Informational Text




The primary purpose of informational text is to convey information about a specific topic. Informational text-based reading material includes newspaper and magazine articles, textbooks, digital information, nonfiction trade books, and reference and instruction materials.

According to Common Core State Standards (CCSS), preparation for reading informational texts should begin at the earliest elementary school grades: “Having students listen to informational read-alouds in the early grades helps lay the necessary foundation for students’ reading and understanding of increasingly complex texts on their own in subsequent grades.”

Read MoreRead Less

There are four types of informational text: narrative (essays, biographies, memoirs, correspondence); expository (textbooks, government documents); argument or persuasion (opinion pieces, speeches, legal documents); and instructional or procedural (guidelines that describe how to complete a task, such as manuals or contracts).

Select informational texts around topics that develop students’ knowledge base. There should be enough material on a topic to allow study of that topic for a sustained period. The knowledge learned in early grade levels should then be expanded and developed in higher grade levels for increasingly deeper understanding of these topics.

Students’ ability to comprehend information across texts is important in critical reading and thinking. Informational text is key to success in later schooling; in Grade 4 and higher, students encounter more textbooks and other forms of informational text, and tests will include increasingly more difficult informational text-based vocabulary.

Students’ exposure to informational text begins in kindergarten, when they should be able to identify the front cover, back cover, and title page of a book. First graders should be able to ask and answer questions about key details in a text. Grade 2 students are expected to ask and answer questions on who, what, where, when, why, and how to demonstrate understanding of key details in a text. Grade 3 students should be able to compare and contrast the most important points and key details presented in two texts on the same topic. By Grade 5, students are expected to quote accurately from a text when explaining what the text says.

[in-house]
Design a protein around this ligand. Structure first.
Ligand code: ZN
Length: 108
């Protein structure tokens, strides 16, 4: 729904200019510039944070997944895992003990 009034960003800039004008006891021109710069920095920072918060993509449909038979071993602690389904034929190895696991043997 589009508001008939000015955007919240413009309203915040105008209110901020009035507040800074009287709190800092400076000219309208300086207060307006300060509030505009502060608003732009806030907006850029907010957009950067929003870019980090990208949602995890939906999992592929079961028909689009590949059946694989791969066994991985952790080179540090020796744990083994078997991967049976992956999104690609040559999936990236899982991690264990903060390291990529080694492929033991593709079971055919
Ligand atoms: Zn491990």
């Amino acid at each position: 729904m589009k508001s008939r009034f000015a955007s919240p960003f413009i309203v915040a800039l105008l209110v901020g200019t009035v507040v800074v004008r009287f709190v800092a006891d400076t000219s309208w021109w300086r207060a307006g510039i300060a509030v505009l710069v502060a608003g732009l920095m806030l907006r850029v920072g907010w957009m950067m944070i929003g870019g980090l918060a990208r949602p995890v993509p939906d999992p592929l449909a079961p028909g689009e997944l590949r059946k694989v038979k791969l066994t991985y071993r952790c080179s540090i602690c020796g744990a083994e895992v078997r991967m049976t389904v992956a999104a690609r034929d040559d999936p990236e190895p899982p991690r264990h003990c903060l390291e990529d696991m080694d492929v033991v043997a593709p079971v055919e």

VocabularySpellingCity information text word lists are from works recommended by the CCSS, and divided into text complexity grade bands: K-1, 2-3, 4-5, 6-8, and 9-10.

View the Common Core State Standards Related to Informational TextClose

Common Core State Standards Related to Informational Text

CCSS.ELA-Literacy.RI.1.10
With prompting and support, read informational texts appropriately complex for grade 1.

CCSS.ELA-Literacy.RI.3.10
By the end of the year, read and comprehend informational texts, including history/social studies, science, and technical texts, at the high end of the grades 2-3 text complexity band independently and proficiently.

CCSS.ELA-Literacy.RI.3.10
By the end of year, read and comprehend informational texts, including history/social studies, science, and technical texts, in the grades 4-5 text complexity band proficiently, with scaffolding as needed at the high end of the range.

CCSS.ELA-Literacy.W.4.9
Draw evidence from literary or informational texts to support analysis, reflection, and research.

CCSS.ELA-Literacy.W.4.9b
Apply grade 4 Reading standards to informational texts (e.g., “Explain how an author uses reasons and evidence to support particular points in a text”).

CCSS.ELA-Literacy.W.11-12.9
Draw evidence from literary or informational texts to support analysis, reflection, and research.

VocabularySpellingCity.com provides word lists, printables, and interactive games and activities that give students the opportunity to use informational text.

Try Sentence Writing Practice with a Grades 2-3 Informational Text list.